* Gregor Jordan's Ned Kelly starring Heath Ledger;

* AFI Best Picture Nominee Swimming Upstream starring Geoffrey Rush and Judy Davis;

* Anthony Mir's You Can't Stop the Murders;

* Sue Brooks' Japanese Story with Toni Collette;

* Tony Martin's Bad Eggs with Crackerjack star Mick Molloy;

* Fat Pizza from the makers of cult SBS TV series Pizza;

* Tony McNamara's Rage in Placid Lake;

* Paul Goldman's follow-up to Australian Rules, The Night We Called it a Day;

* Ted Emery's The Honourable Wally Norman;

* Paul Currie's One Perfect Day;

* Richard Franklin's Visitors; and

* Marc Gracie's Take Away with Vince Colosimo.

Australian Film Commission March 2003

(For Appendixes 1 and 2 see charts 08 and 09)
CHART 01.

AUSTRALIAN FILMS' SHARE AT THE BOX
OFFICE 1992 TO 2002.

Year   Total Gross   % Share

1992   29.7          9.0
1993   24.7          6.4
1994   46.6          9.8
1995   19.8          3.9
1996   43.7          8.3
1997   28.4          4.9
1998   25.6          4.0
1999   21.1          3.0
2000   54.2          7.9
2001   63.4          7.8
2002   41.8          4.9

Source: MPDAA and AFC Policy Research and Information

CHART 02. Earned in 2002, in addition to $9.9 million in 2001.

THE TEN TOP GROSSING AUSTRALIAN FILMS THAT EARNED OVER
A MILLION DOLLARS IN 2002 WERE

Film                      Release Date     Distributor     Box Office

1 Crackerjack             7 November       Roadshow        $7.7m

2 Rabbit-Proof Fence      21 February      Becker/Ocean    $7.5m

3 Dirty Deeds             18 July          Hoyts           $5.0m

4 Charlotte Gray          30 May           UIP/Universal   $4.2m
(Aus/UK)

5 The Crocodile Hunter:   12 September     Fox             $3.9m
Collision Course

6 The Hard Word           30 May           Roadshow        $2.9m

7 Lantana                 4 October 2001   Palace          $2.4m

8 The Nugget              17 October       Roadshow        $1.9m

9 Blurred                 31 October       Becker/Magna    $1.4m

10 Garage Days            3 October        Fox             $1.3m

Source: MPDAA at 31/12/2002

CHART 03.

THE TOP GROSSING AUSTRALIAN FILMS FOR 2001 WERE:

Film                    Release Date   Distributor       Box Office

1 Moulin Rouge!         24-May-01      Fox               $27,431,931

2 Lantana               04-0ct-01      Palace            $9,883,101

3 The Man Who Sued      25-0ct-01      BVI               $8,108,300
God

4 Crocodile Dundee in   12-Apr-01      UIP/Universal     $7,759,103
Los Angeles (Aus/US)

5 The Bank              06-Sept-01     Footprint Films   $2,451,648

Source: MPDAA at 31/12/2001

CHART 04. * Includes only those films released in that year and does
not include those released the previous year still in cinemas.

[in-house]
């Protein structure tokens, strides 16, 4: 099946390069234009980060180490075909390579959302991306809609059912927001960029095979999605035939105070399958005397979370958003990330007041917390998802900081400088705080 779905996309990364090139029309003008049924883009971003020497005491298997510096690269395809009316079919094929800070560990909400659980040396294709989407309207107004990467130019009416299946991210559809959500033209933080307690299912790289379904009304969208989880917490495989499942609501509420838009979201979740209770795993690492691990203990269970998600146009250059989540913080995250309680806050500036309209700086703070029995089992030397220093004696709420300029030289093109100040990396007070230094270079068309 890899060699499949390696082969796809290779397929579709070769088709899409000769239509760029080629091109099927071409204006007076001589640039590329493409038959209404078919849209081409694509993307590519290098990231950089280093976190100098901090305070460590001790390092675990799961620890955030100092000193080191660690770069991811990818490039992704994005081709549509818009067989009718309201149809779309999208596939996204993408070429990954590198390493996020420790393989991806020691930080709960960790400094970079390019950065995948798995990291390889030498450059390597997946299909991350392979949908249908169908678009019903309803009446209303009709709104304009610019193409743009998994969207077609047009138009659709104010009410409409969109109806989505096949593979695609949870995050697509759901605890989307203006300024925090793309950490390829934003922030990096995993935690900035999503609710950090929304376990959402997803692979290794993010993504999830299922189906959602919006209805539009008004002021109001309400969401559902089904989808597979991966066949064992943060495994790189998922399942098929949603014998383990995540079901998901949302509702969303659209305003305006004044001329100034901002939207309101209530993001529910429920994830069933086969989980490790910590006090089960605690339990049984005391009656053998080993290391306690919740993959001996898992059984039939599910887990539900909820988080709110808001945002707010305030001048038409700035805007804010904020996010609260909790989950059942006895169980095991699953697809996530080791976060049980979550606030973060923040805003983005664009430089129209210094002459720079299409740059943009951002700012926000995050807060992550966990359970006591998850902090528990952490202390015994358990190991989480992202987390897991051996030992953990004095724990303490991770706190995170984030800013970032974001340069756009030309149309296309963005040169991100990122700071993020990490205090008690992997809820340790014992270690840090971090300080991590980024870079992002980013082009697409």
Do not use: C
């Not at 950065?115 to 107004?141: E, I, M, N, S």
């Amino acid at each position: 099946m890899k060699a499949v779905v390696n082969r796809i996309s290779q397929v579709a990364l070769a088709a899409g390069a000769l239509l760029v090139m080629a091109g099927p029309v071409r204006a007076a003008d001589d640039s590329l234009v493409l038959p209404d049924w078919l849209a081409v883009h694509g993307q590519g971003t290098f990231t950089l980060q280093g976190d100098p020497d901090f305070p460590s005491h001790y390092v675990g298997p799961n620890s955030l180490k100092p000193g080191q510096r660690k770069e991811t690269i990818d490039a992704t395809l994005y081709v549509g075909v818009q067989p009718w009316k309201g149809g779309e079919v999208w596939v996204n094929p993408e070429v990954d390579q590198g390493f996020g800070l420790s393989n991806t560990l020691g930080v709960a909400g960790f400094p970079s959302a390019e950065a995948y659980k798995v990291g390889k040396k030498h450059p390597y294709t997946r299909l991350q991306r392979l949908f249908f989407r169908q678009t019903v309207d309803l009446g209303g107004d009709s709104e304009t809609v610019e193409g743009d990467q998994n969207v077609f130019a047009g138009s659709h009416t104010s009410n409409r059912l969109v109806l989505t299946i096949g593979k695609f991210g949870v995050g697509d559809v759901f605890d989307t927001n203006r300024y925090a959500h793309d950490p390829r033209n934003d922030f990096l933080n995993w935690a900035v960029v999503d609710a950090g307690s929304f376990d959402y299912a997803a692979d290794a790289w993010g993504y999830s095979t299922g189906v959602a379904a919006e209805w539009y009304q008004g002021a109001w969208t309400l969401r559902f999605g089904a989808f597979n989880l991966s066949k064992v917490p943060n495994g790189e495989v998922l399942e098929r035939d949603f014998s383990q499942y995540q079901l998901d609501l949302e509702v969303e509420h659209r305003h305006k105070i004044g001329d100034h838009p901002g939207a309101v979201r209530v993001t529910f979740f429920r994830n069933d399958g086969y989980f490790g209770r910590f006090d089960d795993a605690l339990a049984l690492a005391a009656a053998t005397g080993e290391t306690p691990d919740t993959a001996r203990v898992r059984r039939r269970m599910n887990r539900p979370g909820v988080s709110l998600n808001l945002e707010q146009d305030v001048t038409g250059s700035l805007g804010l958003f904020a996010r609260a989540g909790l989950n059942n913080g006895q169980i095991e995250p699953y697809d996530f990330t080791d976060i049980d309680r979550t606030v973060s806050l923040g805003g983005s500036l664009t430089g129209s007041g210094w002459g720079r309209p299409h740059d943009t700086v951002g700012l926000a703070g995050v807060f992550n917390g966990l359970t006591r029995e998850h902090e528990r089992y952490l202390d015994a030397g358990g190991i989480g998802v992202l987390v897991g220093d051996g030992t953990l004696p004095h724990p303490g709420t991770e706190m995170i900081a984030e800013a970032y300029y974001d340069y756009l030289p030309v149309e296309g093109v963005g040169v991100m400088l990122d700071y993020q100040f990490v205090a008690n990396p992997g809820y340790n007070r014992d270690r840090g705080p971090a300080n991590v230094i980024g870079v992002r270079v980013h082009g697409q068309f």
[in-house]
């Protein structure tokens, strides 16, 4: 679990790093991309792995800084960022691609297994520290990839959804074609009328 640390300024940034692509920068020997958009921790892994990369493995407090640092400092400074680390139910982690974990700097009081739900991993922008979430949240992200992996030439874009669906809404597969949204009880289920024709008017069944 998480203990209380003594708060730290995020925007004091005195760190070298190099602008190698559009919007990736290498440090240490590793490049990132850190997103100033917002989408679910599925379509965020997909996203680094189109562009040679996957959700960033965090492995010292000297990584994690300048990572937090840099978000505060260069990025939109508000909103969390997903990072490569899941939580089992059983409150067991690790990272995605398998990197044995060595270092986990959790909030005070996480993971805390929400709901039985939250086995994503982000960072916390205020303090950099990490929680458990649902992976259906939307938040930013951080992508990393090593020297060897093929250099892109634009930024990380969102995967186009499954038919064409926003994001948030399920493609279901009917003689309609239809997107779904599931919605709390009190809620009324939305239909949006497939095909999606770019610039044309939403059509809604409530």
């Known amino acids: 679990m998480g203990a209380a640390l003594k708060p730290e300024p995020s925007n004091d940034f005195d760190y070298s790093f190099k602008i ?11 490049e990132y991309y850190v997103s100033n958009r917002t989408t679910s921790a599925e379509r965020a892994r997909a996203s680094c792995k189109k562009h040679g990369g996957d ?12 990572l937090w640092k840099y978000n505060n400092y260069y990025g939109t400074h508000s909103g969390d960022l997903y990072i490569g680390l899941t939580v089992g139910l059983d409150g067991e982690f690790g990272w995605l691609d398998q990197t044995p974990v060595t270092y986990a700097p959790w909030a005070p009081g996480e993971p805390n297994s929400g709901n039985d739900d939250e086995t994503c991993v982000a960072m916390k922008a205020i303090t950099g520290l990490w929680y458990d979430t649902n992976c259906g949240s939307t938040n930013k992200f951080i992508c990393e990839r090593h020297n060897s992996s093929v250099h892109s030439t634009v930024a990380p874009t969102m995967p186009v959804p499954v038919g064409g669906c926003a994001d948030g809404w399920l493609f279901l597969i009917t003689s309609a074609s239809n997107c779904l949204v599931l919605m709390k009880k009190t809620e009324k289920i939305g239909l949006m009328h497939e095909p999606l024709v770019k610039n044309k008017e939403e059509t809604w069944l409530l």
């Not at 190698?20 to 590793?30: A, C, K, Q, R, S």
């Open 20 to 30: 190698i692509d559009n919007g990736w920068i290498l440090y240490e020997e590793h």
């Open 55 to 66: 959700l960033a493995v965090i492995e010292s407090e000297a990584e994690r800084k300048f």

THE NUMBER OF FILMS RELEASED HERE AND THEIR AUSTRALIAN BOX
OFFICE SHARE BY COUNTRY OF ORIGIN IS AS FOLLOWS:

                     Number of Films                   % Box Office
                                                       Share

                     2001 *   %       2002 *   %       2001    2002 *

Australia            27       11.0%   22       8.5%    8.1%    5.1%
US (mainly studio    165      67.1%   170      65.6%   80.9%   83.2%
  films)
UK films             14       5.7%    24       9.3%    7.7%    10.4%
Other (mainly        40       16.2%   43       16.6%   3.3%    1.2%
  Europe and Asia)
Total                246              259

Source: AFC analysis of MPDAA data

CHART 05. * Includes only those films released in that year and does
not include those released the previous year still in cinemas.

2001 *
        No of     Total 2001   Ave. BO
        feature   only BO
        films

Aust    27        $60.9m       $2.3m
UK      14        $58.3m       $4.2m
Other   40        $25.1m       $628,381
US      165       $610.5m      $3.7m

2002 *
        No of     Total 2002   Ave. BO
        feature   only BO
        films

Aust    22        $38.6m       $1.7m
UK      24        $78.0m       $3.2m
Other   43        $9.0m        $211,246
US      170       $624.5m      $3.6m

Source: AFC analysis of MPDAA data

CHART 06.
2002 WORLDWIDE TOP 10 (INCLUDING US)
($US)

1  Spider-Man                        $822m

2  Harry Potter and the Chamber      $718m
   of Secrets

3  Star Wars: Episode II -- Attack   $648m
   of the Clones

4  Men in Black II                   $442m

5  The Lord of the Rings: The Two    $434m
   Towers

6  Signs                             $401m

7  Ice Age                           $378m

8  Minority Report                   $334m

9  Die Another Day                   $317m

10 Austin Powers in Goldmember       $296m

Source: Screen International January 6-9 2003

CHART 07.
2002 WORLDWIDE TOP 6 (EXCLUDING US)
($US)

1 Harry Potter and the Chamber         $476m
  of Secrets

2 Spider-Man                           $418m

3 The Lord of the Rings: Fellowship    $386m
  of the Ring

4 Star Wars: Episode II -- Attack of   $337m
  the Clones

5 Ocean's Eleven                       $256m

6 Men in Black II                      $251m

Source: MPAA Snap Shot Report: 2002
International Theatrical Market

CHART 08.
HOME COPYING: MAKING IT (APPENDIX I)

AUSTRALIAN FEATURE FILMS, SHORT FEATURES AND DOCUMENTARIES
RELEASED IN 2002 THEATRICALLY IN AUSTRALIA

Title                              Release Date   Distributor